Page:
Post by Cynthia; Photos by Bobby
We left Goose Bay, continuing our Trans Labrador Highway venture by heading toward Port Hope Simpson. Along the way we had some lovely views – and another bear spotting! We couldn’t get as clean a shot this time, but here’s a shot of our shy new friend.
We crossed into Newfoundland Standard Time Zone (.5 hours ahead of Atlantic, 1.5 hours ahead of Eastern and 2.5 hours ahead of Central).
We stopped at Port Hope Simpson to get gas and asked the clerk if she knew of any nearby campgrounds or could recommend a good parking spot for us to overnight in the camper. She told us the next town up, Mary’s Harbor, had a campground.
We happily drove the additional 48 kilometers to Mary’s Harbor, pulled up to the main store and Bobby asked the gentleman there whether there was a campground in town. The clerk laughingly replied, “Good God, No!” in what Bobby thought was an Irish accent – more on that in a moment. He told us, though, that we could park anywhere we found a spot and suggested the parking lot at the school. Which is where we stayed!
We had a yummy dinner from foodstuffs at the store, had some pretty views in town, and slept well.
So, a word about the accents we have been hearing in Labrador. We heard what sounded to us like Irish and Scottish tones, which is understandable when you learn about Newfoundland English, which is a number of dialects that can be heard around Newfoundland and Labrador. It’s very charming to our ear, but we must sound so strange to people here. We start talking and get a lot of, “Where are you FROM?”
The next day we drove on to Red Bay, a UNESCO World Heritage site. Red Bay is the site of the first industrial efforts in North America. In the mid-16th century, Basque fisherman came to harvest right and bowhead whales, establishing a whaling port in Red Bay to produce oil that was sent back to Europe to light lamps.
The museum at the site was fascinating, and we traveled a few minutes by boat to Saddle Island to walk around where numerous archeology finds had unearthed a 17th century boat, rendering ovens, an ancient cemetery and more.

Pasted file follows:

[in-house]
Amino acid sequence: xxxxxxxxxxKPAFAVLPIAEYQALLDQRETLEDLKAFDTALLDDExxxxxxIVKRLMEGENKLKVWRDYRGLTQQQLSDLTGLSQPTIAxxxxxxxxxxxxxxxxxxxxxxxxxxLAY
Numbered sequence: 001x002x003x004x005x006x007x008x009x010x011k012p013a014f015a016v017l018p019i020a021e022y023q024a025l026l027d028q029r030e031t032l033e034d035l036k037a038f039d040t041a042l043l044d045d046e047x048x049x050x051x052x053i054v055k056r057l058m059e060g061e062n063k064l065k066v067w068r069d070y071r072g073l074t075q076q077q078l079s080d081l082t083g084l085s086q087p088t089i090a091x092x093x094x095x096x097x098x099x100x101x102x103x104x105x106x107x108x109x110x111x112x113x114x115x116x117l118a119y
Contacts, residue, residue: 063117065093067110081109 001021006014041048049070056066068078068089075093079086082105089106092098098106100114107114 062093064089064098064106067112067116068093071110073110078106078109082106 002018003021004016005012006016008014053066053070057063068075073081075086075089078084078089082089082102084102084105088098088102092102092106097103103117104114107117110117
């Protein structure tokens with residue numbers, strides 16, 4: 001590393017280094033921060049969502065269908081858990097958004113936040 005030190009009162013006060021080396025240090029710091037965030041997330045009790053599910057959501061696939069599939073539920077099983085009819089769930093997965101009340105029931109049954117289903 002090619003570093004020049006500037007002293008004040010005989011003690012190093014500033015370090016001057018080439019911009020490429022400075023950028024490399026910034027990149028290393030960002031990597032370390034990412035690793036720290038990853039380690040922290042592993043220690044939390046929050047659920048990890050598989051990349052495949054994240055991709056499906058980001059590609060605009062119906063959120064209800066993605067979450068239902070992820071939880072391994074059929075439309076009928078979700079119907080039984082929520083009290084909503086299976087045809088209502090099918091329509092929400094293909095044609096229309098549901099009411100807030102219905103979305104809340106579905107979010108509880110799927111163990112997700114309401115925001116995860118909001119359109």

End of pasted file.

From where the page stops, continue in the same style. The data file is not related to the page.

We walked the trail around Saddle Island, which was populated by gulls and ducks (and the skeletons of thousands of sea urchins picked up by the birds!).
By the way, as you all have been dealing with this heat wave, we have been chilly. It’s been lovely!
We even had a view of an iceberg!
There was a lovely lake in the middle of this island in the Labrador Sea, and the lake is freshwater!
I cannot tell you how many gulls were on this island – and I don’t think we got a shot of the sheer numbers, but a human definitely felt out of place.
We got back on the road and had some more lovely views.
We arrive in Pinware where there was a provincial park that had a campground. We checked it out but had also seen a sign for RV spots at Oceanview Resort a little further down the road. The park didn’t have hookups, or wifi or great bathrooms near the spots available so we traveled down the road a bit and were glad we did.
We booked two nights at Oceanview Resort , which is a lovely hotel with cottages, a restaurant, and the friendliest staff. While we had a spot with hookups, we spent a lot of our time in the hotel lobby for the stronger wifi connection; we also ate almost all our meals in the restaurant. I particularly enjoyed the local berries – bakeapple or cloudberry is quite yummy. They also have lingonberries, which they call partridge berry.
We enjoyed it here so much we extended our stay for two more nights. We were both exhausted and used the time primarily to relax. But we did go out exploring a little.
The first night we were there we went to the harbor to get pictures of an iceberg floating by.
We also saw whales!
And a herd of seals! Truly, a group of seals is called a herd – oddly what I called them instinctively when I saw them in the water.
We also traveled the road a little further to Blanc-Sablon (crossing back into Quebec) where we will take the ferry to Newfoundland. Just past there is a beach and Île aux Perroquets (Parrot Island), a tiny island in the Gulf of St. Lawrence, that is home to the largest breeding colony of the Atlantic Puffin. You can’t make them out in this photo but all those little dots are supposedly puffins.
And there was a whale there as well.
And we saw more icebergs! Not exactly an everyday sight (or ever, actually) in Tennessee.
We really love this area. It’s beautiful, cool, and the people are so warm. We highly recommend a journey to Labrador!